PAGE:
6 Comments

  • Perceptive, accurate and telling. Those who do not call Hamas and those who hate and wish to see the demise of Israel to account for acts of aggression and terrorism are validating criminals. For not being honest and jumping on the propaganda wagon many in the west have colluded with the terrorists and instead of bringing reason to the table have given carte blanche to the acts of war perpetrated by Hamas and those of their ilk. The civilians who have been caught in Israel’s justifiable and legal defence have been victims not of Israel but of Hamas and their sponsors and by default those in the west who seek to justify Haman (oops meant Hamas).

  • Col Kemp is talking sense.

  • agree with F Callen…Turkey has no credibility at all, and you didn’t mention their illegal invasion and continued occupation of over 30% of the territory of the Republic of Cyprus despite countless UN resolutions asking for their withdrawal.

  • Turkey “in danger of looking hypocritical”? You’re not bad the restraint yourself, Colonel Kemp.

Leave a Reply

Please note: comments may be published in the Algemeiner print edition.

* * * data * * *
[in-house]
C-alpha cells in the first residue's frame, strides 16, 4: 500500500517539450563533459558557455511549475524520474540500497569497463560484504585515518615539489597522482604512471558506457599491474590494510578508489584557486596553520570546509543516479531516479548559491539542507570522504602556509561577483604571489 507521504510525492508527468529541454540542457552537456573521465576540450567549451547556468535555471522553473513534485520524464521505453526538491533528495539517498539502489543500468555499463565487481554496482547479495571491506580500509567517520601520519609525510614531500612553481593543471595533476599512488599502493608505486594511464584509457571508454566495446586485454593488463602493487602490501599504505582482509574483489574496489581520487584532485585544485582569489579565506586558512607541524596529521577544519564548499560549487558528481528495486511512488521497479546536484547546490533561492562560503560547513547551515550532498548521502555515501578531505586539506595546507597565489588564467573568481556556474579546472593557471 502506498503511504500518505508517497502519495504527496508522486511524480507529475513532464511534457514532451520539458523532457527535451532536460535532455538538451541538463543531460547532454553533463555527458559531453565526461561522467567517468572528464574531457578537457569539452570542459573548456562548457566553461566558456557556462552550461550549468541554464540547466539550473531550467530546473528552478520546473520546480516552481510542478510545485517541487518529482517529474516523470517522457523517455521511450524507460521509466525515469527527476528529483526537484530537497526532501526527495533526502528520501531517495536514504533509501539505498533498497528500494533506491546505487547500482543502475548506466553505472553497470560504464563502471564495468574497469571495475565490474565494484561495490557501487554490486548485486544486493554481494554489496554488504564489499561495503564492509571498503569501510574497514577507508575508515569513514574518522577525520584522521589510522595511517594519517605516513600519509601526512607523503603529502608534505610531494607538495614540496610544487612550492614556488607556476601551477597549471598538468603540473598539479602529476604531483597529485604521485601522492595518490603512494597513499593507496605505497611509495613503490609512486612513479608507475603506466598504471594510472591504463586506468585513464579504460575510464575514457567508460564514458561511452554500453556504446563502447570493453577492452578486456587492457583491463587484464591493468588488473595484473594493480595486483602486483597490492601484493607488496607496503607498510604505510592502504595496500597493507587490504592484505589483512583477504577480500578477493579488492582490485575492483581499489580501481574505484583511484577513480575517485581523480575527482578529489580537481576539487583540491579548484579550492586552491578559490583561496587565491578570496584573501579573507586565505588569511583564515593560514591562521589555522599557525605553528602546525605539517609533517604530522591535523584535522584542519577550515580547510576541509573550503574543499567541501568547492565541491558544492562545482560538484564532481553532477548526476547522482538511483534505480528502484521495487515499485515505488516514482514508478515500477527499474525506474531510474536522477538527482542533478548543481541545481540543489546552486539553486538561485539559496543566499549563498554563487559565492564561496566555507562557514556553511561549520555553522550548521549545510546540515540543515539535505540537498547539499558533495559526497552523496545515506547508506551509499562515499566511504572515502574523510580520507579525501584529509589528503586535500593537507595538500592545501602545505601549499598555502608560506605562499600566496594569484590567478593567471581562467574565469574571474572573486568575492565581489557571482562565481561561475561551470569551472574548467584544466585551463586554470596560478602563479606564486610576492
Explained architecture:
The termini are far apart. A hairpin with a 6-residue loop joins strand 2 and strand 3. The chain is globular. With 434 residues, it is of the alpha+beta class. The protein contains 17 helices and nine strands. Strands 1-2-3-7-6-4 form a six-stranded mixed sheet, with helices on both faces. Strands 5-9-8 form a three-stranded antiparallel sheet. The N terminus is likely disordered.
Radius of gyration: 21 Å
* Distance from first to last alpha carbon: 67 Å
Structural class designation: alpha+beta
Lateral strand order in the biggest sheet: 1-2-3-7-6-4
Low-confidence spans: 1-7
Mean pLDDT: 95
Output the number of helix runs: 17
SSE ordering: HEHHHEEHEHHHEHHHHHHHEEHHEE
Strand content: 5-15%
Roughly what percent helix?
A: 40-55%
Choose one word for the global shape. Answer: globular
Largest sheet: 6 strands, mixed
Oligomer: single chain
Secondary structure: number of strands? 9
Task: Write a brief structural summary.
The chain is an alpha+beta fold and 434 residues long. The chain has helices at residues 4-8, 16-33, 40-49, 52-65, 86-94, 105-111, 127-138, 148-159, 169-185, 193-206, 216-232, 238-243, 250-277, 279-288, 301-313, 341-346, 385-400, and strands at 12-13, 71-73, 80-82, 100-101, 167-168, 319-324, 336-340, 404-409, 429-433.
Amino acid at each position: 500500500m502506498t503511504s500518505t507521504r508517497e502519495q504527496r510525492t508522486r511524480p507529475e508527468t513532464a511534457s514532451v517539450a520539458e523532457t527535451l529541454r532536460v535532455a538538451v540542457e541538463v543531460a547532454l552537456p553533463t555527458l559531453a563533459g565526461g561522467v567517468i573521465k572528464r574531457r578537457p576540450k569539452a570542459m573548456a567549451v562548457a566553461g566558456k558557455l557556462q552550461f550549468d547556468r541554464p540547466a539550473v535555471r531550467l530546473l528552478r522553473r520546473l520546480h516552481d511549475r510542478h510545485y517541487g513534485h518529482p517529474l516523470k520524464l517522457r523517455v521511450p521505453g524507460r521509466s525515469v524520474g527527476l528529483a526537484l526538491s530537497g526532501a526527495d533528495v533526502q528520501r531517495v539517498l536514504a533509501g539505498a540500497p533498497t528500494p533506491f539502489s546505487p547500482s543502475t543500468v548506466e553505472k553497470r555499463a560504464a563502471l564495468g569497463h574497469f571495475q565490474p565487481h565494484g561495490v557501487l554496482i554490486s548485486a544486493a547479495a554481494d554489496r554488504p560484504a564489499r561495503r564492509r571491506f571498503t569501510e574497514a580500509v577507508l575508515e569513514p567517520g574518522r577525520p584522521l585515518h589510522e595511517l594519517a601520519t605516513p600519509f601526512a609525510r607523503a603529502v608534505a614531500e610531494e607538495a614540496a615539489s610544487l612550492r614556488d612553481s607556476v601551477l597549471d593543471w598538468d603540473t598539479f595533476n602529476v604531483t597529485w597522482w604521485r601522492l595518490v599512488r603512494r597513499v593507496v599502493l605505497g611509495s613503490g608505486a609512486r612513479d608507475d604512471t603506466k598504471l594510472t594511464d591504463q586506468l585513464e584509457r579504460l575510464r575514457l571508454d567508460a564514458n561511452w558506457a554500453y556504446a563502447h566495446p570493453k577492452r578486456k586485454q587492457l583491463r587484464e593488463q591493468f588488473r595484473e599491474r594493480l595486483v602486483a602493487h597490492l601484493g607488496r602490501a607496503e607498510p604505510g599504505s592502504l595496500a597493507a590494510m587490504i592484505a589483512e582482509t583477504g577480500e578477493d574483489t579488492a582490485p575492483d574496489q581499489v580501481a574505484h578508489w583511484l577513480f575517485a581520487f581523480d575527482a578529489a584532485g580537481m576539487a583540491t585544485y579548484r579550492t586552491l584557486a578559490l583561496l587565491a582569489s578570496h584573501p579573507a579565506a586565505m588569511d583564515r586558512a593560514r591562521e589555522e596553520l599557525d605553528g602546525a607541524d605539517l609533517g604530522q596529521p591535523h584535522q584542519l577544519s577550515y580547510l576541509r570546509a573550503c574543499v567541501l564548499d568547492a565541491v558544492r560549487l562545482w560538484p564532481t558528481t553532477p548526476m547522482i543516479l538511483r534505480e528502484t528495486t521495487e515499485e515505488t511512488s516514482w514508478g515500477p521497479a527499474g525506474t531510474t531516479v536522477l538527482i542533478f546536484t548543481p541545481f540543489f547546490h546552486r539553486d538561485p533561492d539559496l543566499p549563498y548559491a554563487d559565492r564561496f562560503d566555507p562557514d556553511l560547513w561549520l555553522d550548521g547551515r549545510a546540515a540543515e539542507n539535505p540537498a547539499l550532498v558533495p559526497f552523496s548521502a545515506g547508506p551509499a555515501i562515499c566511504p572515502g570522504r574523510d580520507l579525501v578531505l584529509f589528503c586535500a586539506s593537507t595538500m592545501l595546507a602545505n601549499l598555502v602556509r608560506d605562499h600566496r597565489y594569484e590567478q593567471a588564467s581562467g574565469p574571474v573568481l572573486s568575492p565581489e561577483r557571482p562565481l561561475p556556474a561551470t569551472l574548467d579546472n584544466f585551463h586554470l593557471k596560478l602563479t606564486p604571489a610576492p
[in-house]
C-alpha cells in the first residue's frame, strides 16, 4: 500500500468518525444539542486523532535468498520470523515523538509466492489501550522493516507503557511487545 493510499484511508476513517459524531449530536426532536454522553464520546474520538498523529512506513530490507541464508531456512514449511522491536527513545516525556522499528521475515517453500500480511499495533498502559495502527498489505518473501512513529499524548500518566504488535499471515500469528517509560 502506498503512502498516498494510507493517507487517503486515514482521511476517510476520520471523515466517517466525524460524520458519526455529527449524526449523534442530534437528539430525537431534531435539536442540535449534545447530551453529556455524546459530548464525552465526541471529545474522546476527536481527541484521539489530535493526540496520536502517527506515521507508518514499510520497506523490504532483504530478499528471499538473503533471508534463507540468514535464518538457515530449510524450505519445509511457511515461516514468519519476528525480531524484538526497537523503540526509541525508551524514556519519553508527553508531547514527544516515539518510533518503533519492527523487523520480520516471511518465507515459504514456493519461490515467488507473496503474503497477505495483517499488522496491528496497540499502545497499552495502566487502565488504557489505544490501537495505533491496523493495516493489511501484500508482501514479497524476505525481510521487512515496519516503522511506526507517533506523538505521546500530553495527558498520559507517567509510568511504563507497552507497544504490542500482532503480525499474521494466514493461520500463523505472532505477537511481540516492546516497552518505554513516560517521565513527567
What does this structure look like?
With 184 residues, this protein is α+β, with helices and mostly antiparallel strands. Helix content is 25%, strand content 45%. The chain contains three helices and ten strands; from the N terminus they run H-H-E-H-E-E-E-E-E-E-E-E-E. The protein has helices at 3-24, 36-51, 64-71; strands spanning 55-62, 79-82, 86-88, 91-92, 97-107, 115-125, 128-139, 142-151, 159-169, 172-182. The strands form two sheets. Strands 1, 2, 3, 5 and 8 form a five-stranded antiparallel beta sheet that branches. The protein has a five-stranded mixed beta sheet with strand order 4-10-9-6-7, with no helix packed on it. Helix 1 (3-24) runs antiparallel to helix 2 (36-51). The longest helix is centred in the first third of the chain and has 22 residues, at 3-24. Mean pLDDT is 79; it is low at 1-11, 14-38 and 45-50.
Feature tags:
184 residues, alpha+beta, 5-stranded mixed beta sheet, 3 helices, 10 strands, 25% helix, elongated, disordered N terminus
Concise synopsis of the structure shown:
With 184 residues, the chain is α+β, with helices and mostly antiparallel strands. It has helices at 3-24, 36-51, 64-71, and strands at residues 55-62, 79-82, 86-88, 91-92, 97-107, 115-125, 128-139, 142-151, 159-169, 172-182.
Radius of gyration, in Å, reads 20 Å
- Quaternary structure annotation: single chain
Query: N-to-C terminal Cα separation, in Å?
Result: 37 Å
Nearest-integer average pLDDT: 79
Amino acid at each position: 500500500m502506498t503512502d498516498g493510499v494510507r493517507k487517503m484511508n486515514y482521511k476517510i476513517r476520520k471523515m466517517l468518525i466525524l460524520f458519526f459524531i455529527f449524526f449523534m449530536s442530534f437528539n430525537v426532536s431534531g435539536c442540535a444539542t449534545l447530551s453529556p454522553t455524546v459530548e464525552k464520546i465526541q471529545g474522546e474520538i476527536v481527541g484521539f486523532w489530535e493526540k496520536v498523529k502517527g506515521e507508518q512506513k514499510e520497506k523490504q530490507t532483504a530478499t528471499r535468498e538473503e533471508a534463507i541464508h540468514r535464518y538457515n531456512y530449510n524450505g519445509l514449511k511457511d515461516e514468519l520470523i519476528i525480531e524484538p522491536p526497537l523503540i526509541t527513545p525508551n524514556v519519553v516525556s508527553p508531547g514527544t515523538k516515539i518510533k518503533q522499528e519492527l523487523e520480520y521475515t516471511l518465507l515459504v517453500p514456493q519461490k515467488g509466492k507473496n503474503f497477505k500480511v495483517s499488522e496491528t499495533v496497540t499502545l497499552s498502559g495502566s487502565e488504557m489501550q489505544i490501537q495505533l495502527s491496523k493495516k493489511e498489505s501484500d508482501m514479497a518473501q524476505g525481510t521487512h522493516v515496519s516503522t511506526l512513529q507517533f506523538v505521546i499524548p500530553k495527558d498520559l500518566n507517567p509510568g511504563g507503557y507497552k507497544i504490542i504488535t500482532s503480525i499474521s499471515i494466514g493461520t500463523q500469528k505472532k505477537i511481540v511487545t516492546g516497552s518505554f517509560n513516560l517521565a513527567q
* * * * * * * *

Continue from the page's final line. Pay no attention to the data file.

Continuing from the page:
Current day month ye@r *

More...

  • Arts and Culture Jewish Identity ‘Tears of Color’ Art Exhibit Shows Struggles of Israelis With Eating Disorders

    ‘Tears of Color’ Art Exhibit Shows Struggles of Israelis With Eating Disorders

    JNS.org – “This is how I want to be—without fear. Independent. I want to be like a bird. I want to spread my wings.” So reads part of the description beneath one of the 30 paintings on display until the end of May at the ZOA House in Tel Aviv. The collection represents the first-ever art exhibit of its kind: an exhibit created entirely by Israelis in treatment for eating disorders. Dubbed “Tears of Color,” based on one of the [...]

    Read more →
  • Beliefs and concepts Book Reviews Overprotective or Loving? Daughters Reflect on Jewish Mothers in New Anthology

    Overprotective or Loving? Daughters Reflect on Jewish Mothers in New Anthology